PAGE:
The Cornell Alliance for Science had booked the Space @GreenStar Co-op for their September 10, live event, "Ask Me Anything About GMOs." It has now been voluntarily moved to the Unitarian Church of Ithaca, 306 N Aurora St, Ithaca, NY.
The event was meant to make available a diverse panel of US University GMO scientists for answering your questions about the controversial science they are engaged in. It was proposed by the Cornell Alliance for Science, some of the staff longstanding co-op members themselves.
GreenStar agreed to rent the Space because they do so without censorship or discrimination—but also without any implied endorsement. The truth is, while many (or even most) of GreenStar’s members are anti-GMO, not all members feel that way. In the spirit of democratic cooperation, there have to be ways even for unpopular ideas to be heard.
When the event was being booked, GreenStar staff suggested that there might be a disruptive attitude toward the panel. We thought having a moderator from GreenStar might help ensure that the hard questions would be asked and answered, and that there would be a respectful exchange between the panel and the audience.
The idea was that the scientists would be confronted with the very real difficulty many people have with GMOs. A the same time, those critical of GMOs could meet some of the real people who believe just as much in the work they are doing creating them. The event would provide everyone—scientists included—an opportunity to hear different points of view in the spirit of true co-operation.
But the event was seized upon by a few vociferous people, mischaracterized, and misrepresented. Assumptions of motives were disseminated quickly across the web without any attempt at contacting either GreenStar or the Alliance to hear what their involvement or their motives were regarding the event. Soon, accusations and indictments came from literally all across the country, shutting down what is at the heart of democratic cooperation: the right of diverse voices to be heard.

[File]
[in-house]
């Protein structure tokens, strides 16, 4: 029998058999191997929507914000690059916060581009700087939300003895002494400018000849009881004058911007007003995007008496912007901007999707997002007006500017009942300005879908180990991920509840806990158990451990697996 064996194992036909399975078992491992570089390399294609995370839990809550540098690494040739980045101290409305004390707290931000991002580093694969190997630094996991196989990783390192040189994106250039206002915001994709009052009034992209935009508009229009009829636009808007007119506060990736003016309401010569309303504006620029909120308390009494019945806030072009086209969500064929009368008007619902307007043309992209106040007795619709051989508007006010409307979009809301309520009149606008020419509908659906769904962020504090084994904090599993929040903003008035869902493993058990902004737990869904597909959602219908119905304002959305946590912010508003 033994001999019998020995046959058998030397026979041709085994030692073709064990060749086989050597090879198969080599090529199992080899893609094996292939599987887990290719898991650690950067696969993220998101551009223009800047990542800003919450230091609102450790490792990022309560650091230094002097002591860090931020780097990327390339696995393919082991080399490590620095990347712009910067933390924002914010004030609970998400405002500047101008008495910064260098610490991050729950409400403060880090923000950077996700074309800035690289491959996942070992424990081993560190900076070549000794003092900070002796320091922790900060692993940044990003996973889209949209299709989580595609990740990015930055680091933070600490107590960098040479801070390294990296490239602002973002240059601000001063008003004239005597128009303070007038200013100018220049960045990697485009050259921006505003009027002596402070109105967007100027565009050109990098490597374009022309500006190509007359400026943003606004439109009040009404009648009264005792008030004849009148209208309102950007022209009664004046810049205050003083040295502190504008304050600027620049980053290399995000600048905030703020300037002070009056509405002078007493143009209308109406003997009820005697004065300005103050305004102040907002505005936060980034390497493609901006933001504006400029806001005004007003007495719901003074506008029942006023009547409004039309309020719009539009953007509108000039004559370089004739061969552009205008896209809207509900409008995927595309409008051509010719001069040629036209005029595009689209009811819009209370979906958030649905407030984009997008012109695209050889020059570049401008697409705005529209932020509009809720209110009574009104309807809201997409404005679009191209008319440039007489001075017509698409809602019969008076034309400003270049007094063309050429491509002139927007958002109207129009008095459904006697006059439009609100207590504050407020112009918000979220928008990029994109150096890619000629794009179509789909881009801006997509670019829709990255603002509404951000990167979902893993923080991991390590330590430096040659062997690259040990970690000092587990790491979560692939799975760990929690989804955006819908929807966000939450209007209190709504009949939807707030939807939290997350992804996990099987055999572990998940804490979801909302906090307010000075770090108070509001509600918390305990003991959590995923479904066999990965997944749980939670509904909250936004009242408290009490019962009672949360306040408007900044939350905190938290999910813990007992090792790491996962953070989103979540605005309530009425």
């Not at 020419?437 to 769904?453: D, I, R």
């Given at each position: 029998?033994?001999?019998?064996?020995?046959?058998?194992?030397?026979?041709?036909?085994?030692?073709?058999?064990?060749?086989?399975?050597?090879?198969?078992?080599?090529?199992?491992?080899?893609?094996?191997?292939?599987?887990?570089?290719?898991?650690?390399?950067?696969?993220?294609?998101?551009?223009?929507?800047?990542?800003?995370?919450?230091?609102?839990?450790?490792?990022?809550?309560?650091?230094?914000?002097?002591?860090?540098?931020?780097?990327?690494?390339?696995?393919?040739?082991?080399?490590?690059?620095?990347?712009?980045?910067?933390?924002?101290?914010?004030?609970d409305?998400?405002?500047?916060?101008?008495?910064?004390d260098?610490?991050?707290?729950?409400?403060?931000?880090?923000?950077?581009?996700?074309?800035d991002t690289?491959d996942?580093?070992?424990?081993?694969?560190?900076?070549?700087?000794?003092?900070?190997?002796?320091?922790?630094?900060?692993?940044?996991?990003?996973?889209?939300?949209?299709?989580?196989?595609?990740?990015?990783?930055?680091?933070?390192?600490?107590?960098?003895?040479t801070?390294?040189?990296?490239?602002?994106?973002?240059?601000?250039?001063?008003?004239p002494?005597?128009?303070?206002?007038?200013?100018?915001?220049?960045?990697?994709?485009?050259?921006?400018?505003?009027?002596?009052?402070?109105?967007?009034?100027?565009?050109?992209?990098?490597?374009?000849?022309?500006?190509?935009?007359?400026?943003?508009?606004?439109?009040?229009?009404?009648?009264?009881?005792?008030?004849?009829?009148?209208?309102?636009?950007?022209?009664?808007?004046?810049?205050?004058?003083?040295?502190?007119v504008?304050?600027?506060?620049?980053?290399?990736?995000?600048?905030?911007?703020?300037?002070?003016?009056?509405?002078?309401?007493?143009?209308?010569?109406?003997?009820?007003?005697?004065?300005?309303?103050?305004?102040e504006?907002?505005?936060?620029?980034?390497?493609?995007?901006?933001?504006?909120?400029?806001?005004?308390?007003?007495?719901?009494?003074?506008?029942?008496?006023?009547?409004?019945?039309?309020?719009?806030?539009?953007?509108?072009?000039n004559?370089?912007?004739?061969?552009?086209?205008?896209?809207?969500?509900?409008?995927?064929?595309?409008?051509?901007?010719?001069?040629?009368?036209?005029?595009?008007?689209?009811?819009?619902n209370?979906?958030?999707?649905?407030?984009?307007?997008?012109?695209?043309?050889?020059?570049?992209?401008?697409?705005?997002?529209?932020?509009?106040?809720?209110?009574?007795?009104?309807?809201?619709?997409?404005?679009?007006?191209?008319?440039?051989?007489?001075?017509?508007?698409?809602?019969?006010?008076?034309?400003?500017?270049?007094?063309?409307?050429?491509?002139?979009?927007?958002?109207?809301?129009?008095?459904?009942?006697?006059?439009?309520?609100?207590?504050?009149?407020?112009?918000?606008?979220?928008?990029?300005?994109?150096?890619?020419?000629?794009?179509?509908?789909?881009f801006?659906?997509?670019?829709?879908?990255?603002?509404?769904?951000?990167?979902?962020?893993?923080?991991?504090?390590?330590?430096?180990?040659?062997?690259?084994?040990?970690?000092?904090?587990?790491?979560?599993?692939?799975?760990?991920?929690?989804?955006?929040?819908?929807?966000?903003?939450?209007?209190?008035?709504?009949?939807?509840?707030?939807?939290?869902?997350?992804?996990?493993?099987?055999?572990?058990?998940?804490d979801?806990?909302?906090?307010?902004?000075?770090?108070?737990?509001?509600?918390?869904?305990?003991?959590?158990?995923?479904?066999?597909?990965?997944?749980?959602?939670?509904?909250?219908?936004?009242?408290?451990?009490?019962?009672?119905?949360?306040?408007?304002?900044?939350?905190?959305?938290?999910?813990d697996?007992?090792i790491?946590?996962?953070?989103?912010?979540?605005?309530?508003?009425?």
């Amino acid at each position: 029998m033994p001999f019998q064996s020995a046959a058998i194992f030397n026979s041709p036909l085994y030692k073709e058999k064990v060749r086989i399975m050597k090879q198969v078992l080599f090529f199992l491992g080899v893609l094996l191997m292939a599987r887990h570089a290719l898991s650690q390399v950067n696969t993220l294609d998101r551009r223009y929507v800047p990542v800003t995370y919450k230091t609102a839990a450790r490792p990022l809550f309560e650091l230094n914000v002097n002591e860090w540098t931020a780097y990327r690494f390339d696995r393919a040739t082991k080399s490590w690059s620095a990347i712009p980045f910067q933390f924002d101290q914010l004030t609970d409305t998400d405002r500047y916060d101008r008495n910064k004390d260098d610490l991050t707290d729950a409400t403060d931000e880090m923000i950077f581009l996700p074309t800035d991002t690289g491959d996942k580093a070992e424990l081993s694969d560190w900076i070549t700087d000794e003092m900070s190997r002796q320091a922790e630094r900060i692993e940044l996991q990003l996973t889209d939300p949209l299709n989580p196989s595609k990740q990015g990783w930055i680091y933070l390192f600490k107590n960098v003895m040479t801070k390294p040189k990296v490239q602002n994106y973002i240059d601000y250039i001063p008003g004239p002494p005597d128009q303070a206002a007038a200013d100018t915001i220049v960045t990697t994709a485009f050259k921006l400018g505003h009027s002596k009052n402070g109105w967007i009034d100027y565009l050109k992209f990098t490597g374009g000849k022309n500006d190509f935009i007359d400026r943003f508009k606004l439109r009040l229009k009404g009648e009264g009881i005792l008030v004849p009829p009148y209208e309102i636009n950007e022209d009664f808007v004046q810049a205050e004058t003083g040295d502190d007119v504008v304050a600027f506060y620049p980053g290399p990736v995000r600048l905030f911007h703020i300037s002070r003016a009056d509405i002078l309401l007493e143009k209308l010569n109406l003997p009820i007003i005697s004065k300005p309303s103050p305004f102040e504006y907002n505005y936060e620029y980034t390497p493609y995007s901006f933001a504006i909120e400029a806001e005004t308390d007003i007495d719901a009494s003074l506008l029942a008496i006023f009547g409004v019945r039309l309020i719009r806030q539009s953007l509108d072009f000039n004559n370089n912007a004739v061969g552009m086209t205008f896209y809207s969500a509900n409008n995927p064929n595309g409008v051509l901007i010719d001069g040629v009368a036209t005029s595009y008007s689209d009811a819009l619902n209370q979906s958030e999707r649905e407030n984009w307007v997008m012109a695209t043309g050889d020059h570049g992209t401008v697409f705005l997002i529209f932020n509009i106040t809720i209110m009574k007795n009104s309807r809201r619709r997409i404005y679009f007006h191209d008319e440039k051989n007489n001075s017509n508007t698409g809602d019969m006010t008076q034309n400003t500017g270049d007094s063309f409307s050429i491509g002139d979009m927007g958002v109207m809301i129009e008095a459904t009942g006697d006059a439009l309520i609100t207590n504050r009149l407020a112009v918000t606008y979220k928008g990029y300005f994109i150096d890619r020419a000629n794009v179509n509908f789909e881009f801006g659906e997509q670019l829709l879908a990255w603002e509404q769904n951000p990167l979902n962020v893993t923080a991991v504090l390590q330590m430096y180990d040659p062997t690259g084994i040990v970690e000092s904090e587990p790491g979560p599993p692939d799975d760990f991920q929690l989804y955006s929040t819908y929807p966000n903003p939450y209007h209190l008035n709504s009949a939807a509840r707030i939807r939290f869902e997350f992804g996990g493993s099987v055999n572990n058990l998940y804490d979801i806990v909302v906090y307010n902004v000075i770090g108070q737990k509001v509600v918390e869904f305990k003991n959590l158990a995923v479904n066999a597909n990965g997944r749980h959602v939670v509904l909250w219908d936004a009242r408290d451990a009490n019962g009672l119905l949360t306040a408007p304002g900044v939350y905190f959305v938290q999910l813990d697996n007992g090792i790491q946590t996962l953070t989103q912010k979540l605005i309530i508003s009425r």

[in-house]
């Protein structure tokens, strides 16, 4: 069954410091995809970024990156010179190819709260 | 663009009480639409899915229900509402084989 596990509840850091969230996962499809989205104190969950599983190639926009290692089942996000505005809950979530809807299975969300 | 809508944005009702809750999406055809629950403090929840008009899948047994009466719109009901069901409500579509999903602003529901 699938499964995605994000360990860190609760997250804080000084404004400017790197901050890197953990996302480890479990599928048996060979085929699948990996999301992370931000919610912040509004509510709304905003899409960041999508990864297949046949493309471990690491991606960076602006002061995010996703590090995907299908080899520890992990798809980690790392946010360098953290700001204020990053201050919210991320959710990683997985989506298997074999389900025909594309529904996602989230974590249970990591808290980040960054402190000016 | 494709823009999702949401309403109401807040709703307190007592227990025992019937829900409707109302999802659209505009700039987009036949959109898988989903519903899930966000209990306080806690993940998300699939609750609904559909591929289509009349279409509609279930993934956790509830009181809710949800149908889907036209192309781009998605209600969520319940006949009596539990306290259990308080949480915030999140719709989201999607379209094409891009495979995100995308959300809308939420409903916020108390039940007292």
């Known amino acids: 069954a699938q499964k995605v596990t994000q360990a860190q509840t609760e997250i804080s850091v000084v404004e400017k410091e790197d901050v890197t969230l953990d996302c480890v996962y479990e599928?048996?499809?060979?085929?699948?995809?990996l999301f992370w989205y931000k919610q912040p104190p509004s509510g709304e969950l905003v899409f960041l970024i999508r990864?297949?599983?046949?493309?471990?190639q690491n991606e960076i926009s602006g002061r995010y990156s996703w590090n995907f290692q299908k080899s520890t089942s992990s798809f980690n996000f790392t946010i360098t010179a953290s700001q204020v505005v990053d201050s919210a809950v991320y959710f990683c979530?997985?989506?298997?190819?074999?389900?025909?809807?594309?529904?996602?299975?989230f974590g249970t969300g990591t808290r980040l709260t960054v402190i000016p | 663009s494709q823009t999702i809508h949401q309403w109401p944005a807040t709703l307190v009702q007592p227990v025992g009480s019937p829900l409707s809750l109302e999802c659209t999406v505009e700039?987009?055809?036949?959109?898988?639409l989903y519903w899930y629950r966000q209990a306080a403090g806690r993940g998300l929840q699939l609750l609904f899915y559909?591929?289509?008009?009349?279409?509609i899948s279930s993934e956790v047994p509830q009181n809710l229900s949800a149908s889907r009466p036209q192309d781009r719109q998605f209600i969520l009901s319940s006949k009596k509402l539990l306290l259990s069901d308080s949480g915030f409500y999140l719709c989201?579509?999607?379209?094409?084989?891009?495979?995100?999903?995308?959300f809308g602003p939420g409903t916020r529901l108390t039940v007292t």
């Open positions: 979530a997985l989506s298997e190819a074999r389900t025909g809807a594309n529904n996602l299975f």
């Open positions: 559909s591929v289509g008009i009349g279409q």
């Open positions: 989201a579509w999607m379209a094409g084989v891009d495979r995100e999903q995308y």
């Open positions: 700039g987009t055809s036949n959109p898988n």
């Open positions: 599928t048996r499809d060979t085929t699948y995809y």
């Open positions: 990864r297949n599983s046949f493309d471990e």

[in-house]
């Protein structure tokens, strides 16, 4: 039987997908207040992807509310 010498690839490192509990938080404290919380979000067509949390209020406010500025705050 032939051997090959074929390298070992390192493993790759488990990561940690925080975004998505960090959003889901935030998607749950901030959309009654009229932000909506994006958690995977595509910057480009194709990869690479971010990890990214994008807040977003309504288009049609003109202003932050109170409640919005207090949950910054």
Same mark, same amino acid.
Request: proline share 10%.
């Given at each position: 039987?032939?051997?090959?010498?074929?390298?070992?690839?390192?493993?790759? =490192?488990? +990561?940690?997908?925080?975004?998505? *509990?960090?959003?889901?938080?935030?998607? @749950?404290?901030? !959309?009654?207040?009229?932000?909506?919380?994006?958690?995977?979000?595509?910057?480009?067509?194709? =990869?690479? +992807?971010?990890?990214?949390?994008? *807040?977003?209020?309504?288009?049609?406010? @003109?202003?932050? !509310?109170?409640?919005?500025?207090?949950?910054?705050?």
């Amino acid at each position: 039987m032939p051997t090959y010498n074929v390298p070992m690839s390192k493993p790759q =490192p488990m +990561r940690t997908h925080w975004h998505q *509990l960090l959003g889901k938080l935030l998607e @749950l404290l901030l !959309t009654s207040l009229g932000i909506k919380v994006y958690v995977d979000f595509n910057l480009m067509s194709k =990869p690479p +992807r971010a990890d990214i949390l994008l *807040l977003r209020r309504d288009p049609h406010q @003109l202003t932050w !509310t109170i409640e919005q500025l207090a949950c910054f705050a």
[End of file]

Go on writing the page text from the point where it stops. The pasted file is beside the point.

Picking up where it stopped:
Rather than cause the co-op any more harm than was already caused, the Alliance for Science voluntarily withdrew the event from the Space, with the intent to hold it elsewhere.
While we understand how and why people reacted the way they did, those people were not presented with the truth. So we felt we each needed to speak for ourselves from our very different relationships to this event and our intents as the proposed moderators.
GreenStar has always taken a strong, anti-GMO position. It is a member of the Non-GMO project, GMO products are characterized as “discouraged” in our stores, and we do not carry them if at all possible. GreenStar is concerned that the GM industry restricts access to its products by researchers and has compromised the science by doing so. The co-op supports GM labeling.
The Cornell Alliance for Science encourages evidence-based decision-making around discussions ranging from biotechnology to climate change. It promotes access to innovation to ensure that scientists have access to the tools needed to find innovative solutions to the challenges of the 21st century. The Alliance emphasizes the importance of choice—so that farmers and consumers globally can make their own decisions about what they want to grow and eat.
As organizations and as moderators, we do not agree about GMO’s and probably many other things as well, but we do both believe there is a lot that could have been gained from such a discussion promised by this event — especially in our cherished community that prides itself on tolerance, life-long learning, and on embracing diversity.
Joe Romano, Marketing Manager, GreenStar
Sarah Evanega, Director, Cornell Alliance for Science
August 30, 2015